Benjamin Hobson: The Introduction of Western Religion, Medicine, and Science Into Nineteenth-Century China



Hobson’s success in China was not only based on the medical practice and his religious work, but also on his efforts in introducing natural science to the country. He used to preach to his patients before he treated them. Due to his kind and gentle manner, his faithful attention and skillful practice, he became known as “the model medical missionary.” He thought that medical science in China was at a rather low level, and that the knowledge of anatomy and surgery in ancient Greece and Rome was much superior to anything in nineteenth-century China. Therefore, he attempted to introduce the well-establishes principles and facts of Western medical science to China.

Although Hobson was a medical missionary, he did more to promote the study of science in China than any other men of their time. He was the first and for some time most influential Protestant writer on science in the Chinese language. Hobson presented a broad range of scientific knowledge pitched to a general audience, borrowing Chinese terms from those in common use. During the 1850s, he wrote five books on medical science, which were widely regarded as the standard works in this field. His book, bowu xinbian(Natural philosophy and natural history), which was published in 1855 and provided a general introduction to chemistry, physics, astronomy, geography and zoology, was described as like “the dawn of a new era upon Chinese minds.” His Chinese translations for the chemical elements oxygen, hydrogen, and nitrogen, yangqi(nourishing gas), qingqi(light gas), and danqi(diluting gas), are still in use today.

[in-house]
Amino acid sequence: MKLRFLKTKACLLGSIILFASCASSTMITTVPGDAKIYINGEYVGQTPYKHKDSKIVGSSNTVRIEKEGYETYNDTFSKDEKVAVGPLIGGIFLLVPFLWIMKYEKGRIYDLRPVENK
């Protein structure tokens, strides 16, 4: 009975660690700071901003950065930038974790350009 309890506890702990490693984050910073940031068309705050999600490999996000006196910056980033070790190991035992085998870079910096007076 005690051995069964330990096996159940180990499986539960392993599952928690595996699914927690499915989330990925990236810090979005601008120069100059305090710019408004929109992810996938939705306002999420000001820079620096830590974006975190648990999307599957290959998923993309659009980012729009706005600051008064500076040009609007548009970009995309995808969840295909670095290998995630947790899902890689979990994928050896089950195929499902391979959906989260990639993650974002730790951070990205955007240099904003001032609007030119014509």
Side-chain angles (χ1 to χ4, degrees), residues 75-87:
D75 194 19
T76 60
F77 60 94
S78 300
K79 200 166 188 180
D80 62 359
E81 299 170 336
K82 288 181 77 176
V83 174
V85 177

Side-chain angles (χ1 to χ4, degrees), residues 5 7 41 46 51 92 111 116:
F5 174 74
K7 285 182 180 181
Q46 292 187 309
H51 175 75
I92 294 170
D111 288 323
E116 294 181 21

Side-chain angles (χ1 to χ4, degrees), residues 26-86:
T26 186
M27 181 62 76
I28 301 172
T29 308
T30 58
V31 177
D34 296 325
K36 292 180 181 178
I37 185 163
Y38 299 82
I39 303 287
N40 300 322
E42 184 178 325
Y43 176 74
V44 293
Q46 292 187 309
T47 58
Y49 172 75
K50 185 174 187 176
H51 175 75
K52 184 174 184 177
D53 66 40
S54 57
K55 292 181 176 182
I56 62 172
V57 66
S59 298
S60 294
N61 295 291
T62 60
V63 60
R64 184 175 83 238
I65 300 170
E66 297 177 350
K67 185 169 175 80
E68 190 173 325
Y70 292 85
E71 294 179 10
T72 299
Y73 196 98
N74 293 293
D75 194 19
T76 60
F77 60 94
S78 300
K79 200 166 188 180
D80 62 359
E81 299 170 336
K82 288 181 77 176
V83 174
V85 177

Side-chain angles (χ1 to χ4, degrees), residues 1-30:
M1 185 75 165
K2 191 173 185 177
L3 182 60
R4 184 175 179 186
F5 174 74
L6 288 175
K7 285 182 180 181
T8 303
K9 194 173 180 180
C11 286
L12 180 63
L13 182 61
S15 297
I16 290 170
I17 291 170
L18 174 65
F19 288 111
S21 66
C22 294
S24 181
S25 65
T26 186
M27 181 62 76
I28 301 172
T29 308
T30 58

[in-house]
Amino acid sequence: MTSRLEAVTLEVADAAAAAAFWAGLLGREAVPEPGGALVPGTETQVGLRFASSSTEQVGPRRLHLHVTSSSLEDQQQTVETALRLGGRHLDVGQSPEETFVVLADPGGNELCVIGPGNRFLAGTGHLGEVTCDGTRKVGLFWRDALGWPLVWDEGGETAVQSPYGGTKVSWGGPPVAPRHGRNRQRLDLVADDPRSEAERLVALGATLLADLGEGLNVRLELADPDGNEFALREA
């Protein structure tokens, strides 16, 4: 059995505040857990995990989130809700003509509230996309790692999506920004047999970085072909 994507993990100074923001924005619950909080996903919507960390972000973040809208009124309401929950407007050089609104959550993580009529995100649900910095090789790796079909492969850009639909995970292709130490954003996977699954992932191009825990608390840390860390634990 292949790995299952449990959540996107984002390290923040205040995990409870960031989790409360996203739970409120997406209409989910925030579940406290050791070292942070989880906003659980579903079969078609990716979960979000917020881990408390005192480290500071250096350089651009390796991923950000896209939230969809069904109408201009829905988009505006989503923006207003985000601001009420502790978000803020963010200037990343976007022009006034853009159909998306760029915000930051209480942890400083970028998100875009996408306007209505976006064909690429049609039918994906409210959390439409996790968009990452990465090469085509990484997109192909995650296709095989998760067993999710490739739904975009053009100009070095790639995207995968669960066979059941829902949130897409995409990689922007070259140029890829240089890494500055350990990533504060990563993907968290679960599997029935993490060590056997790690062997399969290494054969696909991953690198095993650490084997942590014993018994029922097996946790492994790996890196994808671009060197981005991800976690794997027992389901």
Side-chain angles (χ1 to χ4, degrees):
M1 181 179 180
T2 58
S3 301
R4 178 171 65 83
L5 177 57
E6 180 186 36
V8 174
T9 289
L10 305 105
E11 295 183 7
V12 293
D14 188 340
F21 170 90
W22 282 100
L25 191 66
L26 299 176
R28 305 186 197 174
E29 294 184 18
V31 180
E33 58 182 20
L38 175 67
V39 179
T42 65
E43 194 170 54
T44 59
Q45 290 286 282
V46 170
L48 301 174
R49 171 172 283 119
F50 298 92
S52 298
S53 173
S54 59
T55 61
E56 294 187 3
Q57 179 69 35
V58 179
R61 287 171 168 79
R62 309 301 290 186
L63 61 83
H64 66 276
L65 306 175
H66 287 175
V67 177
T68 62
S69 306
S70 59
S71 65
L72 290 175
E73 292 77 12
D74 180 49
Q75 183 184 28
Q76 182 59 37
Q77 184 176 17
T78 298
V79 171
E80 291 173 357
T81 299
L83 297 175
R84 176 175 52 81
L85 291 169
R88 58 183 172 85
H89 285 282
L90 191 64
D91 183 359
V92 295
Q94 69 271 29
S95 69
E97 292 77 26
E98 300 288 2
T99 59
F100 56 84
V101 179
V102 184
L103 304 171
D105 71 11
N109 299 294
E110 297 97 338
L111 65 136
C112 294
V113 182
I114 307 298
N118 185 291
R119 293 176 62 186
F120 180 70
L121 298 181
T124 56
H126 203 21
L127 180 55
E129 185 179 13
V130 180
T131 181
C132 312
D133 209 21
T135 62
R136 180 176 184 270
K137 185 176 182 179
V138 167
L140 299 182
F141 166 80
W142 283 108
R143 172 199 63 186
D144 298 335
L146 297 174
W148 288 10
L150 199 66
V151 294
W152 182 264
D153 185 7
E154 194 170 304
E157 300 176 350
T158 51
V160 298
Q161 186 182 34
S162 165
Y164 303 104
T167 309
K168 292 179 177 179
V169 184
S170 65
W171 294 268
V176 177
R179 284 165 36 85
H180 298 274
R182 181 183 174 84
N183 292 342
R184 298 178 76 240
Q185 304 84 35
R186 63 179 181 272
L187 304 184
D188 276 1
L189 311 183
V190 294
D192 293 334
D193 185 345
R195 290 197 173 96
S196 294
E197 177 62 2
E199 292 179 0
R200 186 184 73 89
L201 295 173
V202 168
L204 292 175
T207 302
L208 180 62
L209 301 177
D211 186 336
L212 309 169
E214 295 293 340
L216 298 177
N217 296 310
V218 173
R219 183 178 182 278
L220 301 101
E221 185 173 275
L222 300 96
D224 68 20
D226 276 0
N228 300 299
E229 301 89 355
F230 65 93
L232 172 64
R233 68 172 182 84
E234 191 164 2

The purpose of this paper is to research Hobson’s motivation for the transmission of Western science into China, and summarize his scientific works and translations in China.